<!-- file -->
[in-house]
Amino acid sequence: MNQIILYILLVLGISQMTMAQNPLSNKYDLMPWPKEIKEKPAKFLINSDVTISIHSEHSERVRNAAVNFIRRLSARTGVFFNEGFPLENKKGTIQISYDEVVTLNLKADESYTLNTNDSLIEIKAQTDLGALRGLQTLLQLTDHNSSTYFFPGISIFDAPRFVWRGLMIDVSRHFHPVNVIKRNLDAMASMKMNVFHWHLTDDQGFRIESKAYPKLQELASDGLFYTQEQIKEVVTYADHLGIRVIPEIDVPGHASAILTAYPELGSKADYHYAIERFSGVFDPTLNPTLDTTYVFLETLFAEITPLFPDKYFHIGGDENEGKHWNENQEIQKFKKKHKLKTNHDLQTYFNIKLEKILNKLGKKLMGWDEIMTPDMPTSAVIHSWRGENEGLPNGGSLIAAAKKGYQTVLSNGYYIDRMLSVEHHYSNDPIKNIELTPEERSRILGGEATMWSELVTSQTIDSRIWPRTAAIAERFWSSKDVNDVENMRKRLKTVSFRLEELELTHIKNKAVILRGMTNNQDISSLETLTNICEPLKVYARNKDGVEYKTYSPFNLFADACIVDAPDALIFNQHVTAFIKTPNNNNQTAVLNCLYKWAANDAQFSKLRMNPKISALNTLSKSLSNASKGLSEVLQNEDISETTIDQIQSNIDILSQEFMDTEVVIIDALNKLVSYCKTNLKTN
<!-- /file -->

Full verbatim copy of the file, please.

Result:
[in-house]
Amino acid sequence: MNQIILYILLVLGISQMTMAQNPLSNKYDLMPWPKEIKEKPAKFLINSDVTISIHSEHSERVRNAAVNFIRRLSARTGVFFNEGFPLENKKGTIQISYDEVVTLNLKADESYTLNTNDSLIEIKAQTDLGALRGLQTLLQLTDHNSSTYFFPGISIFDAPRFVWRGLMIDVSRHFHPVNVIKRNLDAMASMKMNVFHWHLTDDQGFRIESKAYPKLQELASDGLFYTQEQIKEVVTYADHLGIRVIPEIDVPGHASAILTAYPELGSKADYHYAIERFSGVFDPTLNPTLDTTYVFLETLFAEITPLFPDKYFHIGGDENEGKHWNENQEIQKFKKKHKLKTNHDLQTYFNIKLEKILNKLGKKLMGWDEIMTPDMPTSAVIHSWRGENEGLPNGGSLIAAAKKGYQTVLSNGYYIDRMLSVEHHYSNDPIKNIELTPEERSRILGGEATMWSELVTSQTIDSRIWPRTAAIAERFWSSKDVNDVENMRKRLKTVSFRLEELELTHIKNKAVILRGMTNNQDISSLETLTNICEPLKVYARNKDGVEYKTYSPFNLFADACIVDAPDALIFNQHVTAFIKTPNNNNQTAVLNCLYKWAANDAQFSKLRMNPKISALNTLSKSLSNASKGLSEVLQNEDISETTIDQIQSNIDILSQEFMDTEVVIIDALNKLVSYCKTNLKTN